Wednesday, December 5, 2018

An Absolutely Remarkable Thing - Read The Book

I am a stubborn person.  No one can tell me what to do or what to read - even when I know the suggestions will be "good for me".  This is why I have the second piece of pie.  This is why I play games instead of exercising.  This is also why Hank Green's debut novel,
 "An Absolutely Remarkable Thing" sat on my bed stand for over a month before I picked it up.

That, and the fear that the book would not be as good as I truly hoped it would be, kept me from reading the first line.

I read the book.

An absolutely remarkable thing happened to young graphic designer, April May, on her way home from work at 2 a.m.  She "discovered" a huge sculpture.  She called her best friend, Andy, to come over and make a video.  Within 24 hours, her life and all life on earth was changed. Well, a huge number of people's lives were changed,

The book was every bit as good as I hoped it would be and MORE! Read it.

Is this book about the identical robot-like sculptures that appear all around the world?  OR is it about the evolution of April May and Andy Skampt from art nerds into social media darlings?  OR is it about making money, lots and lots of money?  Or is it about how fame, money, stubbornness, the need to control, and the sudden acquisition of power can change a person? OR - big OR here - is it about how easy our communications technology makes it to vilify and inflame huge numbers of people based on what they believe and/or applaud?  Or is it about something else entirely?  Read the book.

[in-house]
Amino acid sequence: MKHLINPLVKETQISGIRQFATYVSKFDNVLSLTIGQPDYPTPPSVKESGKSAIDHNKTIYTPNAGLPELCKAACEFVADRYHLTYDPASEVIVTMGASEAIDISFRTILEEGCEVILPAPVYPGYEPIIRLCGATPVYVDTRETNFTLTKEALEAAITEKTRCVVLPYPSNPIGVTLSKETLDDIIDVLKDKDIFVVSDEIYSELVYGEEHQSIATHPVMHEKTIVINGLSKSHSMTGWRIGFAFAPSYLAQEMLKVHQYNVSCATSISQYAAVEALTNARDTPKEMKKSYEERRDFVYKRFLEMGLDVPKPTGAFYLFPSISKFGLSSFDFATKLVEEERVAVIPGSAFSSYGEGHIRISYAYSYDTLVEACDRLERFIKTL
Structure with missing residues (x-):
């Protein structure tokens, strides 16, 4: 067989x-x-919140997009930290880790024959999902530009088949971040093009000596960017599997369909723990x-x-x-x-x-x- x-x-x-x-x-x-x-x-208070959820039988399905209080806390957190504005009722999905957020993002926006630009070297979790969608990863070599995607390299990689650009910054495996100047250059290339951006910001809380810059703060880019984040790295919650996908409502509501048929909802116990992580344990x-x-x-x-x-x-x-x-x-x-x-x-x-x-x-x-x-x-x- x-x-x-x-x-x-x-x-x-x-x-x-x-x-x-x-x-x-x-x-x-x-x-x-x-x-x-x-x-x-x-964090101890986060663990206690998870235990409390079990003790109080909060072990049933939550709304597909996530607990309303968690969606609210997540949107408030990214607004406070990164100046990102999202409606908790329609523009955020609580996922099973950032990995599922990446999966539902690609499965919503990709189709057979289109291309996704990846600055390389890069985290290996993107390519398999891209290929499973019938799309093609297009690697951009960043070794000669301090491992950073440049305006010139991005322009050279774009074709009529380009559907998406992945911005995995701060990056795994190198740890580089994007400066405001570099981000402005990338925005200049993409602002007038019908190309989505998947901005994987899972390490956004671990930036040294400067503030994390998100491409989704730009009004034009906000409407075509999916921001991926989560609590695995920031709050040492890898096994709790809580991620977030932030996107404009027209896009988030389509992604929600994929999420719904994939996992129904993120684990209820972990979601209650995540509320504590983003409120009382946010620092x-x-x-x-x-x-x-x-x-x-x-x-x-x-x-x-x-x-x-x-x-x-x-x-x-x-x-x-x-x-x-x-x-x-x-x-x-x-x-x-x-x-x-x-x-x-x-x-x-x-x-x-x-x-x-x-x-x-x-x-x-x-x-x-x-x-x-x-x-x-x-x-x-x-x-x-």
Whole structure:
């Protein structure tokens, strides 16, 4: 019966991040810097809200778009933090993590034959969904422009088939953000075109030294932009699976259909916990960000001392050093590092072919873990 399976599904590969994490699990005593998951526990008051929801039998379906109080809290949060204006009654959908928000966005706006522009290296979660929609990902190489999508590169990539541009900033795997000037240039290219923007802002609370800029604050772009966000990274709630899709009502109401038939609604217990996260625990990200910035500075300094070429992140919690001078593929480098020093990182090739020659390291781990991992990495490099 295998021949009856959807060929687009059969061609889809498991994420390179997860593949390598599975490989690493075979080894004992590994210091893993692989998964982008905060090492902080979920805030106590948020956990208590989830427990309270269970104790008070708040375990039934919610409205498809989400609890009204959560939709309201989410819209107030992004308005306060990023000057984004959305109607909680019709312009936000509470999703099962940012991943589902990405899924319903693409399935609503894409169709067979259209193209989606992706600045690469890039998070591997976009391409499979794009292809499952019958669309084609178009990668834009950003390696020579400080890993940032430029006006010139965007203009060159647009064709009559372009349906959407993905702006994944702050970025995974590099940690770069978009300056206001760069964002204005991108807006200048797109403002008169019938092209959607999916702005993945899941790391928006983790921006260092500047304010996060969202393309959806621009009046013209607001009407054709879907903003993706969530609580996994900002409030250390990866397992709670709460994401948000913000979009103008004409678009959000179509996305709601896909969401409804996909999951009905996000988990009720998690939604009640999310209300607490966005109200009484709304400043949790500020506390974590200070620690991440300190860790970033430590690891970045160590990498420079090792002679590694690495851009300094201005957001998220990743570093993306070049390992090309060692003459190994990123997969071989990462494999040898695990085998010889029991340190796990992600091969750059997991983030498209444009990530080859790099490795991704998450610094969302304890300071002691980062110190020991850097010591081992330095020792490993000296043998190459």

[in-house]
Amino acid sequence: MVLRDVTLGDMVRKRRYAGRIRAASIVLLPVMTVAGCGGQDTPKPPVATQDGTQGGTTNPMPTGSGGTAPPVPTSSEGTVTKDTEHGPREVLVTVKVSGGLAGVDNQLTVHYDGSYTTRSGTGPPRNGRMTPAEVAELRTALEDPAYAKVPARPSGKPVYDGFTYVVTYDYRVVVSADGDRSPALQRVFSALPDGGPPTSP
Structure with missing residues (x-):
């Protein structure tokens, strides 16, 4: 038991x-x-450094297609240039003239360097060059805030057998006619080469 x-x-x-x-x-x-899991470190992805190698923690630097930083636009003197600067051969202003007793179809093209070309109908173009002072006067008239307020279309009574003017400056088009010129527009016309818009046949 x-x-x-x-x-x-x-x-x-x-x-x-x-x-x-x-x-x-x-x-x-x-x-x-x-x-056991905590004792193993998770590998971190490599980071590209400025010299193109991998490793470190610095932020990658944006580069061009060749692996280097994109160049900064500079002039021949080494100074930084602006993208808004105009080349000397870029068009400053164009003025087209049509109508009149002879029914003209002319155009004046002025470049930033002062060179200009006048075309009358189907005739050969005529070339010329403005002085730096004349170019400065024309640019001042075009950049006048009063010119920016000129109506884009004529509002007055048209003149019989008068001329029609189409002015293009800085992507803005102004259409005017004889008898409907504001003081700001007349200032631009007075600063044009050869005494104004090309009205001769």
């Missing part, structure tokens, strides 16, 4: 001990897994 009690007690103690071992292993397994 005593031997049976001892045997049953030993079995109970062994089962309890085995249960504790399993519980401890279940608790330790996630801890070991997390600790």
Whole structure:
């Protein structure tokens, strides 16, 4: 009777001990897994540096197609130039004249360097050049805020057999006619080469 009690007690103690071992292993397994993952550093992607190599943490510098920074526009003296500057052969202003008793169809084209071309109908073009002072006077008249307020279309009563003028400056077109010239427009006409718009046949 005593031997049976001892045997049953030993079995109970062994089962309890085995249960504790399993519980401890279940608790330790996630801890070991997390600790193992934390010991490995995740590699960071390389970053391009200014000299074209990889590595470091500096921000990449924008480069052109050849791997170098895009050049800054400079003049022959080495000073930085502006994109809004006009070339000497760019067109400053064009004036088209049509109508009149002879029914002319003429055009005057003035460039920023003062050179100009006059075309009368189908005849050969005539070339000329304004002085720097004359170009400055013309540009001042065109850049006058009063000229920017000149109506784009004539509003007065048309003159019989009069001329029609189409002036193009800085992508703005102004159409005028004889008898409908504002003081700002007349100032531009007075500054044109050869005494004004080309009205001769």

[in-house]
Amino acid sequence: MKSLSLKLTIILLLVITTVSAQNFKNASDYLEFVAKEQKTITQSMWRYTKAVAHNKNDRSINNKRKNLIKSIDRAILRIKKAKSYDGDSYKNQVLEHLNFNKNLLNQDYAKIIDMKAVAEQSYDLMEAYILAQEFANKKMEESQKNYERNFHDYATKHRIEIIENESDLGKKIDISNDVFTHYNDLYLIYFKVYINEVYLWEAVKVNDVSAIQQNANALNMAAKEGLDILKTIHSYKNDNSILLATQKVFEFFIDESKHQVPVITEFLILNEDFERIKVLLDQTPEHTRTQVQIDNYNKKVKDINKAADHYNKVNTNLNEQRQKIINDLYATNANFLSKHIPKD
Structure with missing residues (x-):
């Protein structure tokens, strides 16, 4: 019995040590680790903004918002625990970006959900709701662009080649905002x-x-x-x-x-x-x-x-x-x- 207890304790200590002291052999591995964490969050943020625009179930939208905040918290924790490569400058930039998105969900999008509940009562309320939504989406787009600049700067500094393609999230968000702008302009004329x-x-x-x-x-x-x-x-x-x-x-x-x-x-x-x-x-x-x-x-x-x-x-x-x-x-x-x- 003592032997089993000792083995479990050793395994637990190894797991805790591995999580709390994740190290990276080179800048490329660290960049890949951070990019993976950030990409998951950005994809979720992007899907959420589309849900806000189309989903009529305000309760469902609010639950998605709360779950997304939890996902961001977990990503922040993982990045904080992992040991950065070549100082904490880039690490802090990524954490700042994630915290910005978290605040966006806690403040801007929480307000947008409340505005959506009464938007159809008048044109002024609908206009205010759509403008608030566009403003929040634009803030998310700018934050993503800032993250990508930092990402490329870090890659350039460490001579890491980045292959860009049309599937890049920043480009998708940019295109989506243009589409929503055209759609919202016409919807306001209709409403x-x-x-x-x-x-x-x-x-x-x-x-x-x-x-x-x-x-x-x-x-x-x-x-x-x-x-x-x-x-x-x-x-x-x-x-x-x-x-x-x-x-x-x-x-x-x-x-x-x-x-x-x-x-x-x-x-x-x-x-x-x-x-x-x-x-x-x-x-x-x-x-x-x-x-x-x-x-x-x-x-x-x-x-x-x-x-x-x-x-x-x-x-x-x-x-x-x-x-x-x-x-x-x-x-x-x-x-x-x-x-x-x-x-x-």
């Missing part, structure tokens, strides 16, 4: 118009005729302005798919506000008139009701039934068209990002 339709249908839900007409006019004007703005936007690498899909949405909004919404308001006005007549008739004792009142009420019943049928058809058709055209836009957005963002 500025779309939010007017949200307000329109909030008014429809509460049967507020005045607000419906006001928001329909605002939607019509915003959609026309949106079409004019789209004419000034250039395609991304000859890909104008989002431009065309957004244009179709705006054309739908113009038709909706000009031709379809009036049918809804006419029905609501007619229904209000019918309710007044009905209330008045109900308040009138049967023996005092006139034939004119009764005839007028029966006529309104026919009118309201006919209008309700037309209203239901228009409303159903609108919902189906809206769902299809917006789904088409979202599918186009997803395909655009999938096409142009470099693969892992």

The robot, April and Andy name it Carl, scares and delights people.  The world wants to know more.  April and Andy become media superstars. They share videos.  They get a  manager.  They rake in the money. April May consults a young scientist about Carl's weird qualities.  Read the book.  The scientist makes some suggestions.  Another person self publishes a book about the dangers of Carl.  A social media battle ensues.  Then there are the puzzles, lots of puzzles, starting with a song that plays in the background of Carl videos.  And misspellings on a Wikipedia page.  And dreams. And danger.

And relationships are formed and firebombed and people change and stay who they are. I'm not sure if good triumphs over evil.  Read the book.

I can not tell you more.  The book is exciting and twisted and thought provoking.  But it has so much going on in it that trying to recall it is like trying to recall a dream or the words to a song you heard once or twice in high school.  You have to      Read.   The   Book. 

And then, read the book, again.